Tomorrow, then, the Ivanchuk-Radjabov and Grischuk-Navara matches go to tiebreaks. No rest for the players, commentators or bloggers!

    Official website (with video coverage) here, today's games (with my comments) here.

    Saturday
    Sep032011

    World Cup 2011: Round 3, Day 1: Polgar and Sutovsky Beat Karjakin and Ivanchuk

    While Judit Polgar and Emil Sutovsky are both generally rated in the neighborhood of 2700, their victories today over Sergey Karjakin and Vassily Ivanchuk were still very much upsets. Garry Kasparov famously suffered his one and only loss to Polgar when he chose the Berlin against her, and although many - Kasparov included - were inclined to say the fault was with Kasparov playing an opening antithetical to his style, Polgar showed today that she could handle White even against a more experienced Berliner. It was a game she won a little at a time, with perhaps the fatal error being 37...Bb7. A nice win for Polgar, who seems to be on her way back to the elite if she's not there already.

    Ivanchuk-Sutovsky had a different feel to it. Ivanchuk was doing fine for a long time, and though Sutovsky had made a little progress as the game entered the time trouble stage it was still roughly equal through 34 moves. Had Ivanchuk played 35.Bxf6+ Kxf6 and only then 36.Nxa3 a draw would have been the likeliest result; instead, he blundered with 35.Nxa3??, missing the zwischenschach 35...Bc5+. After this White either loses a piece immediately or a few moves later on account of the connected passed pawns, and Ivanchuk resigned after Black's 40th move.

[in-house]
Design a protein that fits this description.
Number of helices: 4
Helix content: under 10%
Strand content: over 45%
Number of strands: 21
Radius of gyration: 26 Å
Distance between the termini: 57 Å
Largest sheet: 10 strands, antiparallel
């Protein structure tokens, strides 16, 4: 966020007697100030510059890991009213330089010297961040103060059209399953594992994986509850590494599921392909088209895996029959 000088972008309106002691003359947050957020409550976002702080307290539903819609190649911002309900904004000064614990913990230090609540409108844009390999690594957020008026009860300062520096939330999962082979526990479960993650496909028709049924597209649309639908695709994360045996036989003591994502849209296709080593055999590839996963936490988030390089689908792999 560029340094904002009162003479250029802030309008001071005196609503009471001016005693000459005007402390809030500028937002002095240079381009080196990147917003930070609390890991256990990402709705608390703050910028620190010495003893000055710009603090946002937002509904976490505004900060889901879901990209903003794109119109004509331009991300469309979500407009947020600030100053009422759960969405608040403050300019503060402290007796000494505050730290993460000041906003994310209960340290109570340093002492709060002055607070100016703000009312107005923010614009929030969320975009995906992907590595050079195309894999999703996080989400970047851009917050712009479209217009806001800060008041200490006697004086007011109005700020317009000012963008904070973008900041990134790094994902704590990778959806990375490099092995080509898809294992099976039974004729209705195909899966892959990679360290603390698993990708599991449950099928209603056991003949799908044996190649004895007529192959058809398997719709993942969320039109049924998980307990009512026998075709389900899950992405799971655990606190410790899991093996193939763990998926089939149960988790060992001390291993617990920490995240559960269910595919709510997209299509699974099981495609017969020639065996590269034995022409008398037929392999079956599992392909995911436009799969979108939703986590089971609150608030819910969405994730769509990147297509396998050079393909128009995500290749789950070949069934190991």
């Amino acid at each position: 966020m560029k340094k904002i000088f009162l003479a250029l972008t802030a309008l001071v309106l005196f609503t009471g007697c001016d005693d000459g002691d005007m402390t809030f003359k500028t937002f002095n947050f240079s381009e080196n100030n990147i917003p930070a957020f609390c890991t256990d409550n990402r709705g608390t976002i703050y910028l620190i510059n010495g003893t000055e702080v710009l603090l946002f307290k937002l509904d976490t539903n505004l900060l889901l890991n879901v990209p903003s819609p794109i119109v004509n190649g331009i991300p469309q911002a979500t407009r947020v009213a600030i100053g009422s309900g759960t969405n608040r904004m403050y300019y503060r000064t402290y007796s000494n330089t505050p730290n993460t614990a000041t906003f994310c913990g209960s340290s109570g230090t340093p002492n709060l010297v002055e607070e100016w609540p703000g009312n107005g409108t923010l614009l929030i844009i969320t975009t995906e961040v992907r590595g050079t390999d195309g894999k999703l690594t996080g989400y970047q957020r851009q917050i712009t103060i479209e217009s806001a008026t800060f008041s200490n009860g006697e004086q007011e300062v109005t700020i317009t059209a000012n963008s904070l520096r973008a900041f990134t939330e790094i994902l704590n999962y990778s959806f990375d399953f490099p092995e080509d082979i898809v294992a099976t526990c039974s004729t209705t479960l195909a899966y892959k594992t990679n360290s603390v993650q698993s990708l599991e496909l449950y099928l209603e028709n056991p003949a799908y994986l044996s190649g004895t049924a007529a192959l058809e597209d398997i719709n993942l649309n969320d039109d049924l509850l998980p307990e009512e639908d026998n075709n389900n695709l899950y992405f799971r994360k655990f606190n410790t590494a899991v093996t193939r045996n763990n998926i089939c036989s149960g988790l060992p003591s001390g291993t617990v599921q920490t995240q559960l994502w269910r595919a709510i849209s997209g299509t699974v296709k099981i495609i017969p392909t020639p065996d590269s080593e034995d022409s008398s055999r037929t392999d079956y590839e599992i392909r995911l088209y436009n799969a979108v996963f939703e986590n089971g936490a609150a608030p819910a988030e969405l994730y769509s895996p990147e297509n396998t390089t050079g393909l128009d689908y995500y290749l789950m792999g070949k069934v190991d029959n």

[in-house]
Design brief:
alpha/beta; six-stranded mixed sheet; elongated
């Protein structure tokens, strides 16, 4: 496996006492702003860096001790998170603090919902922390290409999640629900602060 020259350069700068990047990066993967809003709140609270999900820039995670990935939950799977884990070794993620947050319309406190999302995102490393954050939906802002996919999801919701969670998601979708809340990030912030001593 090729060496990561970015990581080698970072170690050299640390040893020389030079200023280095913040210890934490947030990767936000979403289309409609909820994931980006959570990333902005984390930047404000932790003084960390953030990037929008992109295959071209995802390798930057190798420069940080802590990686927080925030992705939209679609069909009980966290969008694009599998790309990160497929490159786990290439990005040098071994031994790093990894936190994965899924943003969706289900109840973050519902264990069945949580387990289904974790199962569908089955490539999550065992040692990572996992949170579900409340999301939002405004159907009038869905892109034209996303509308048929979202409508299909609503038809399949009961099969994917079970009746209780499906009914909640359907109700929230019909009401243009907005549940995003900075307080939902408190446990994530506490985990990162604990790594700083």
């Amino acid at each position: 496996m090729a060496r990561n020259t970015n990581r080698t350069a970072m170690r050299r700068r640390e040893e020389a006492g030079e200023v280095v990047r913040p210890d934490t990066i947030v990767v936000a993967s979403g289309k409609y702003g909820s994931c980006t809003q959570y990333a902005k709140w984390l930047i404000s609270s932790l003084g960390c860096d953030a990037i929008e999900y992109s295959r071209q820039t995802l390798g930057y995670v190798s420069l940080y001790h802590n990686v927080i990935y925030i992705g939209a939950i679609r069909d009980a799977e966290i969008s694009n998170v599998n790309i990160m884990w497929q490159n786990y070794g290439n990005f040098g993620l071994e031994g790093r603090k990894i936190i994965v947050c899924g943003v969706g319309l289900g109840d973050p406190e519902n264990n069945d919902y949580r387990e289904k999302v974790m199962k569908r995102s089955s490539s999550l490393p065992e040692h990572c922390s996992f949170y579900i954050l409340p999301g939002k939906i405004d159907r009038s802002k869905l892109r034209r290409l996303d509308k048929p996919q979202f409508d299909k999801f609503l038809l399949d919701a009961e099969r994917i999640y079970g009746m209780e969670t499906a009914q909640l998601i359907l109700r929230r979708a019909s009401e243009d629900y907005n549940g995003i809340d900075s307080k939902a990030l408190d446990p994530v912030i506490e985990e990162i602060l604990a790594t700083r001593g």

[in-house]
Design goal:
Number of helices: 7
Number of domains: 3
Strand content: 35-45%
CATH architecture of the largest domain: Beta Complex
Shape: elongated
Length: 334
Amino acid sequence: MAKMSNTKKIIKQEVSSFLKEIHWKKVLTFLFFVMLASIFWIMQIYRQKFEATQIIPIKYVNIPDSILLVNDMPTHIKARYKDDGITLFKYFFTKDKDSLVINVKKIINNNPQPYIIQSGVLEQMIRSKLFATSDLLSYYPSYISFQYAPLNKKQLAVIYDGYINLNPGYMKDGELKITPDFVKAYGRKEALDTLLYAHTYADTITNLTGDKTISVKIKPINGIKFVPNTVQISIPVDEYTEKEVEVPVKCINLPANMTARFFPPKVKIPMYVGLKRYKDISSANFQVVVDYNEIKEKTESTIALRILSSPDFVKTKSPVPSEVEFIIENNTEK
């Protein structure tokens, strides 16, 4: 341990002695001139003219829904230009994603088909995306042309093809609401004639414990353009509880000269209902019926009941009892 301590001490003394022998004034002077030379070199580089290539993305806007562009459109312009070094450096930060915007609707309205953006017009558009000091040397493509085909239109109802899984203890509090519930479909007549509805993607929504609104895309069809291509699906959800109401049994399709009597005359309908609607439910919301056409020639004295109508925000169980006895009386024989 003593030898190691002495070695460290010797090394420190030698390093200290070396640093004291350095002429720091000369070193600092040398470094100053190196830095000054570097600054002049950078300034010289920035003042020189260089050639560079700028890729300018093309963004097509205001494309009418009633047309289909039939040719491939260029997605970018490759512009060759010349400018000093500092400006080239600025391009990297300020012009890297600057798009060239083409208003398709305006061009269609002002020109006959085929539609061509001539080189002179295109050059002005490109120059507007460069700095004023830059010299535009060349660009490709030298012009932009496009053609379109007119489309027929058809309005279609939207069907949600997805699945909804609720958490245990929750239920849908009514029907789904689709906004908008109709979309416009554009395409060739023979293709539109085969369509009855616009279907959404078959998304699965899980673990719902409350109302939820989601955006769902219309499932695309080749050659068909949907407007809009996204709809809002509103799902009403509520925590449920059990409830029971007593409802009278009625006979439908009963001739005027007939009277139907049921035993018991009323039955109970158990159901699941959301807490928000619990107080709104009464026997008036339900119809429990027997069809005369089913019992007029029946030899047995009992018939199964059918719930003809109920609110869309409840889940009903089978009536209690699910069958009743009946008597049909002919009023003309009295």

The marquee match of the day was Grischuk-Morozevich, and it lived up to expectations. Grischuk played a rare gambit, and the players were breaking (practically) new ground by move 8. The chances were relatively balanced for a long time, with Grischuk having the slightly better chances most of the way. This changed from moves 36-40. Maybe Morozevich felt that trying to defend the queenside would be hopeless in the long run, or perhaps he was sanguine about his kingside chances. At any rate, the moves 36...Rf8?! (36...d4!), 37...h5?! (again 37...d4 was indicated) and 40...g4? (you guessed it: 40...d4) left him lost - and ironically, both on the queenside and on the kingside, too.

    Other winners: in a battle of Gruenfelders, Gata Kamsky won with White against Ian Nepomniachtchi, Dmitry Jakovenko beat Baadur Jobava (also with White), and Leinier Dominguez, following Polgar's example, won on the White side of a Berlin against Igor Lysyj.

    Official site here.

    Thursday
    Nov262009

    Ivanchuk, Polgar, Akobian Interviews

    The interviews above, and more, are all accessible from the World Cup home page. They're short and less than ideally translated, but they're better than nothing. Or at least, most of them are: the Ivanchuk interview has an almost apocalyptic tone. Here are some excerpts:

    To my mind I should leave the professional chess now. Chess becomes hobby for me from now on. As for the signed contracts, yes, I will play in all tournaments where I have to. Perhaps I will even participate in a tournament before the New Year. I should win SOMETHING! And that will be the end. No serious plans, no professional goals.

    ...

    • (Questioner:) It is well known – chess and Ivanchuk cannot exist separately.

    •  This is right but in the past. And now chess is killing me. Chess is playing against me! Chess is destroying me! I would take it easy if my opponent would be much stronger than me, or he will be better prepared. But my loss was so stupid, it is a destiny sign, which screams: “Vasya, leave it, it is not your business”.

    ...

    •  There is an impression that you put all stakes on this tournament?

    Maybe. But now I only feel that the world crashed down around me. Everyone is against me and I don't see the way out…